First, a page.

Timothy Randall Martin is a British businessman who was born on April 28, 1955. He is the founder and chairman of Wetherspoons, a chain of pubs in the UK and Ireland, which he also runs. Martin worked hard to get the UK out of the European Union in 2016, and he was a strong supporter of Brexit. He gave £200,000 to the Vote Leave campaign.
Tim Martin: Net Worth 2022
Tim Martin’s Net Worth is $9 million as of 2022.
Tim Martin: Early Life Details
Tim Martin was born in Norwich on April 28, 1955. His father was in the Royal Air Force and then worked for the international brewing company Guinness plc, where he was in charge of marketing in Malaysia. Trevor is his brother. Martin went to eleven schools in New Zealand and Northern Ireland, one of them being Campbell College
He got a bachelor’s degree in law from the University of Nottingham and became a barrister in 1979, but he has never actually worked as a lawyer.
Tim Martin: Personal Life Details
Martin went to different schools in New Zealand and Northern Ireland to get his education. His father used to be in the Royal Air Force. After that, he worked for Guinness plc and then became the Malaysian Marketing Director. Martin then went to the University of Nottingham to study law. In 1979, he became a barrister, but he never went to work as a lawyer. Martin is married to Felicity, and they live in Exeter, Devon, with their four children.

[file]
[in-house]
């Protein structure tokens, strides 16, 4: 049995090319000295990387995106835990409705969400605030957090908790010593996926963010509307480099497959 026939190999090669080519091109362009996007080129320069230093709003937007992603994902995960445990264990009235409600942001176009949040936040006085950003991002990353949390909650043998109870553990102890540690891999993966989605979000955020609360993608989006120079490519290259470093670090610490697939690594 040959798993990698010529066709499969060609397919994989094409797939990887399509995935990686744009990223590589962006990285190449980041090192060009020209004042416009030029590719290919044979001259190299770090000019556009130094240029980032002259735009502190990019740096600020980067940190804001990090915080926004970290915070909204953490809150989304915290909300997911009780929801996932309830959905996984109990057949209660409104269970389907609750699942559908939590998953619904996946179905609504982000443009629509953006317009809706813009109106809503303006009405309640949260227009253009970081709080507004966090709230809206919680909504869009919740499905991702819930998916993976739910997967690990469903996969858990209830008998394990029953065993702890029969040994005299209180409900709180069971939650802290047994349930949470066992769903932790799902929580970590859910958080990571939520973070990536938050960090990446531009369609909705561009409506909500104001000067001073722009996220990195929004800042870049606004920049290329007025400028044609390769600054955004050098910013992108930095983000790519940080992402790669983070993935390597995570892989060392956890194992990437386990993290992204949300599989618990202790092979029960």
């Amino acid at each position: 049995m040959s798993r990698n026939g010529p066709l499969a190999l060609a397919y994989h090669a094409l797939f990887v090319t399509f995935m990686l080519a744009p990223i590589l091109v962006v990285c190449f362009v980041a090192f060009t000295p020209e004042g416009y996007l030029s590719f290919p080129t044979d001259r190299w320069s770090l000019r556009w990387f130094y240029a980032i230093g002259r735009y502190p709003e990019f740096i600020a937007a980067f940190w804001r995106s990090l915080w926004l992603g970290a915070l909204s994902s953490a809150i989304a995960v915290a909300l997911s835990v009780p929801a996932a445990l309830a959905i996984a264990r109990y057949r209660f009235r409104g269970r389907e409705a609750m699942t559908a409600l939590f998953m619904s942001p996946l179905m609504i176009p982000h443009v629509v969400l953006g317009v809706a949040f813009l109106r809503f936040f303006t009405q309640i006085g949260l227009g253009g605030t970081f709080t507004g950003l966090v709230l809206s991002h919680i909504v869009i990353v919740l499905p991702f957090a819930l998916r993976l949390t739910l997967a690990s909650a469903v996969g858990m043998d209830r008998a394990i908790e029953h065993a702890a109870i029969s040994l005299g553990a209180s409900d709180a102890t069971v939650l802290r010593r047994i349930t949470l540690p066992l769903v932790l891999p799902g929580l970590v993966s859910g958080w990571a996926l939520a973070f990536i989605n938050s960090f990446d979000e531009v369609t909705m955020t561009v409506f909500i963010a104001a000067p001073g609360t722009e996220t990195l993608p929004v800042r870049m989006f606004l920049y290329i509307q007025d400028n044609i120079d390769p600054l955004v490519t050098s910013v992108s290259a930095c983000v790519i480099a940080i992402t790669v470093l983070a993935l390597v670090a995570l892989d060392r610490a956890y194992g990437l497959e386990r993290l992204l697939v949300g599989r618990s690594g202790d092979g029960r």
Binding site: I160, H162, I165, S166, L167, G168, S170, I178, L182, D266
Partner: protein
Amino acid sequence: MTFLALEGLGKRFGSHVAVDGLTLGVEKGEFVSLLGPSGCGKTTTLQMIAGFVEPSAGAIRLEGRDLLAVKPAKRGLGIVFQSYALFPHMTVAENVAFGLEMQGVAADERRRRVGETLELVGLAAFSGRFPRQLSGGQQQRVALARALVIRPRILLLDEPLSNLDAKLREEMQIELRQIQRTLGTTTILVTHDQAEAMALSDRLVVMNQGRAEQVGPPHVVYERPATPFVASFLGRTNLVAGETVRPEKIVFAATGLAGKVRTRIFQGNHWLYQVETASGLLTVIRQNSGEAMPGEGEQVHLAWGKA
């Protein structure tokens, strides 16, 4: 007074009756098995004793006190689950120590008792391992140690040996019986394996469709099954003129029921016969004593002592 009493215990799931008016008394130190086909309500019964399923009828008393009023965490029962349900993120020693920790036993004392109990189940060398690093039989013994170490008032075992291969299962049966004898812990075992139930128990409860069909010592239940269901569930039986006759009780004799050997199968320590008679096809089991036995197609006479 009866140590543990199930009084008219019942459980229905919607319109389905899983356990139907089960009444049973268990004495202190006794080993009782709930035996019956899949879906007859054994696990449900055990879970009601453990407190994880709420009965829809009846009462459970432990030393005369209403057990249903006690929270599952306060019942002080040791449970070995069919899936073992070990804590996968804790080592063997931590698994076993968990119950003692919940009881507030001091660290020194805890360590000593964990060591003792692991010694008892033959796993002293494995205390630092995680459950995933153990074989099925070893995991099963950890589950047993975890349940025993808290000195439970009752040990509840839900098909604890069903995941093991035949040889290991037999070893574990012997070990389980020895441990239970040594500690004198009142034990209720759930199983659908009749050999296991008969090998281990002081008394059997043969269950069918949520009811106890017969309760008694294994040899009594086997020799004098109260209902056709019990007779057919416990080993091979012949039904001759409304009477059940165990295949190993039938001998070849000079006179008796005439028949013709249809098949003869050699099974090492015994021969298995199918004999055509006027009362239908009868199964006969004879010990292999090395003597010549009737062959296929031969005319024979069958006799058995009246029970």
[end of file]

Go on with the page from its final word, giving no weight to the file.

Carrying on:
Tim Martin: Career Details
He bought his first bar in Muswell Hill in 1979. Wetherspoon was started at that time. He had worked on a construction site and for The Times as a salesman. In 2005, he was voted the fifth most powerful person in the pub business in the UK. In an interview, he said that the company Wetherspoon was named after his first-grade teacher, Ms. Wetherspoon. As of July 2018, Martin owns 33.7 million shares.
Martin is a supporter of Brexit, and on political TV shows, he gives his opinion. Martin recently said it was wrong that businesses had to close because of COVID-19. He says that pubs can work while keeping a social distance.
Martin told Wetherspoon’s 40,000 workers that the company doesn’t have enough money to pay them. He told them that they needed to find another job. He said that he won’t pay the workers until the government agrees to pay 80% of their salaries.